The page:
The 2012 research report further found:

  • Gauteng province DSD’s funding model for shelters is inadequate and does not meet the operational needs.
  • The financial restrictions that shelters experience have a direct impact on the inability to render the required and comprehensive services to both women and their children. Accordingly, the skills development programmes are not effective in assisting women secure employment after exiting the shelter.[6]

GBV victims face further challenges accessing shelters depending on their personal circumstances. For example, LvA has faced tremendous challenges when trying to place a woman without documentation as some shelters are unable to accommodate such women. Additionally, many shelters require individuals to provide a CAS number as proof that a criminal case has been reported. This requirement limits the assistance accorded to women who are in real danger but do not feel they can open a criminal case for a variety of reasons including their relationship with the perpetrator, financial dependence on an abuser, family pressures, etc. In some cases, a victims’ own shame and/or guilt may prevent them from opening cases where abuse has occurred over a long-term basis. As a result, these women are unable to access some shelters and remain vulnerable to further abuse.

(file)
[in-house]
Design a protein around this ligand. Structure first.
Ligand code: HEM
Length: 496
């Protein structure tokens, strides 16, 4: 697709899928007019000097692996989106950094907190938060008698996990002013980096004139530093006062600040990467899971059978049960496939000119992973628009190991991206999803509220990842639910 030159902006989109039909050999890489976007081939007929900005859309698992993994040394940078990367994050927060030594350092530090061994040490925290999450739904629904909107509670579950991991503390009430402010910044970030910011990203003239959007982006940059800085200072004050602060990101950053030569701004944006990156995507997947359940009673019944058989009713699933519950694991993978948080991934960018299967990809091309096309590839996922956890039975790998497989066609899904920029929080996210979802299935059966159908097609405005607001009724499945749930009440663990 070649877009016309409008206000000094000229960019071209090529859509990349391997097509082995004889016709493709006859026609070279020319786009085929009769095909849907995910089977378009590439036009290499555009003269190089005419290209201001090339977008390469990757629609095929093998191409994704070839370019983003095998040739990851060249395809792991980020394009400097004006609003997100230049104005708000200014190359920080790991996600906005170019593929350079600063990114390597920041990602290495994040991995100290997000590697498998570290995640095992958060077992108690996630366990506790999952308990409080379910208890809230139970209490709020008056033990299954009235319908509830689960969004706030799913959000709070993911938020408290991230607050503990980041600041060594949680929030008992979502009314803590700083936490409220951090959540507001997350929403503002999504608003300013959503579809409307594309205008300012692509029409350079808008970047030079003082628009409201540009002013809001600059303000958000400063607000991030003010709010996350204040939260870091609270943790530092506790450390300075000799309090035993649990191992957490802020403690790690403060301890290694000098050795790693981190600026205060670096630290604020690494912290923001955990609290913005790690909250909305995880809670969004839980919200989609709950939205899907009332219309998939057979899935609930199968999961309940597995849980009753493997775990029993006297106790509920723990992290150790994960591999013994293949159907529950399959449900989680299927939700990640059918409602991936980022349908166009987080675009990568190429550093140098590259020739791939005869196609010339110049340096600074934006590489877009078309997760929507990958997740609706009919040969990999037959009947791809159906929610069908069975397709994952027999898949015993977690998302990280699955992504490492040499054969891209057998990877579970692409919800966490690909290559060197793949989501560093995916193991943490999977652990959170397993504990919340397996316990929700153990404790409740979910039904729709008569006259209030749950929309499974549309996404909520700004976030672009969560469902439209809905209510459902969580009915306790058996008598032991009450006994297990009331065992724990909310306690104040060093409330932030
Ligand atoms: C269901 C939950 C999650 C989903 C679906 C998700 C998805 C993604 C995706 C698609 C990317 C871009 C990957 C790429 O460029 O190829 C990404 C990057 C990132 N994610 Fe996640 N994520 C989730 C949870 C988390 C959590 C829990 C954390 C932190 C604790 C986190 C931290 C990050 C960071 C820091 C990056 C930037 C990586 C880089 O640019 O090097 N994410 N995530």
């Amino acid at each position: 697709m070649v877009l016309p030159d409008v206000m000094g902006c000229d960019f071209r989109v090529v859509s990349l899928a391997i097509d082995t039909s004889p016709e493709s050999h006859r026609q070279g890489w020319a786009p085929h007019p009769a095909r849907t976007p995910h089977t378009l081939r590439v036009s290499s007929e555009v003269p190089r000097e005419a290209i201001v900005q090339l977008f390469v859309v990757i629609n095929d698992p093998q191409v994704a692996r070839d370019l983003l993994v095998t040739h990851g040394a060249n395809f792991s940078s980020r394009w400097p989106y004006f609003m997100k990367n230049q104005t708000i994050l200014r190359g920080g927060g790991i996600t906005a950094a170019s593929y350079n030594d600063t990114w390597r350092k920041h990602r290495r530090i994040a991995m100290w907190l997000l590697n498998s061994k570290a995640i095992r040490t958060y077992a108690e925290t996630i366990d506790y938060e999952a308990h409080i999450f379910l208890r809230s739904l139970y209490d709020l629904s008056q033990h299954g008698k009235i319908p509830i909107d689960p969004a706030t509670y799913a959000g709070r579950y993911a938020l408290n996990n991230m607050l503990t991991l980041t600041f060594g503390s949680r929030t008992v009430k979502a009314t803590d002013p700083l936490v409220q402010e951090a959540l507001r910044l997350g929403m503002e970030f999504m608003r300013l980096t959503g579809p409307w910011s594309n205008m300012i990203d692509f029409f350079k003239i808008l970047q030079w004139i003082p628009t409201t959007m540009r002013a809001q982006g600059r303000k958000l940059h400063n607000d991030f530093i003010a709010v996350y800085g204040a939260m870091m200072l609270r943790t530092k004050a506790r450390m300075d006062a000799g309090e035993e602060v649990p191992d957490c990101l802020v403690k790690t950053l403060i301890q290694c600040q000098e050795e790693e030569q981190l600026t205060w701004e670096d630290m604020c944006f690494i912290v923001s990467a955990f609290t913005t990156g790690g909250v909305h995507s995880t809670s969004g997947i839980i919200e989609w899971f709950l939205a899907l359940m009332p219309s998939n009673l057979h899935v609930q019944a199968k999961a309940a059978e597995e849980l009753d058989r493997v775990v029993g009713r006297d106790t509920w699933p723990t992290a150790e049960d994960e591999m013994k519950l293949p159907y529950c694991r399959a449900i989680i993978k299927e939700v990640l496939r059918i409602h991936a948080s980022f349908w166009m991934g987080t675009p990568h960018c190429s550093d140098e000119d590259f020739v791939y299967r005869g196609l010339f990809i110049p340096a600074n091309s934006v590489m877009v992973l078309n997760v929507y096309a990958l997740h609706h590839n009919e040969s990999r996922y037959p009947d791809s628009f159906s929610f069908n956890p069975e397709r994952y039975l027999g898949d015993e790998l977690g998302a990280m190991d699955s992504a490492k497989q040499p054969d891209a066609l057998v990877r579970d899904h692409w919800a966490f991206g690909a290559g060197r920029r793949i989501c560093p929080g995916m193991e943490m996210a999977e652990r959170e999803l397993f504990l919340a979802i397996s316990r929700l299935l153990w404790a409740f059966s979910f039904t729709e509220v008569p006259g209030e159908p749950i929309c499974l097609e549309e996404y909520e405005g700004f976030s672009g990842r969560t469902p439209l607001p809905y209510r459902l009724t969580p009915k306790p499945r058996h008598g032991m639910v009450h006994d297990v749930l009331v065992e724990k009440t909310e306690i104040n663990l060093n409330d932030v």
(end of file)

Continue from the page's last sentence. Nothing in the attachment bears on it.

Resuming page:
In Diepsloot, there are no shelters available for GBV victims. As such, LvA is required to place its clients at shelters in other areas, often located far from Diepsloot. While there is one temporary place of safety, this does not cover the core need of an established shelters that can provide long-term care. It is for this reason that LvA continues to engage with all stakeholders in order to work towards solutions to these challenges.

By Beverly Gumede, LvA Legal Officer


[1] Bloom, Shelah S. 2008. “Violence Against Women and Girls: A Compendium of Monitoring and Evaluation Indicators.” Carolina Population Center, MEASURE Evaluation, Chapel Hill, North Carolina.

[2] Convention on the Elimination of All Forms of Discrimination against Women, Section 6. South Africa ratified CEDAW in 1995 and its operation protocol in 2005 without reservation.

[3] Lawyers against Abuse [internet] available from

[4] Children’s Act 38 of 2005, Chapter 9, section 150, subsection 2.

[5] Bhana, K, Vetten, L, Makhunga, L, and Massawe, D. (2012). Shelters Housing Women Who have Experienced Abused: Policy, Funding and Practice. Johannesburg: Tshwaranang Legal Advocacy Centre.

[6] Commission for Gender Equality (institution established in terms of section 181 of the Republic of South Africa) – Investigation Report, State of Shelters in South Africa, ISBN number 978-1-920308-80-3, Page 19.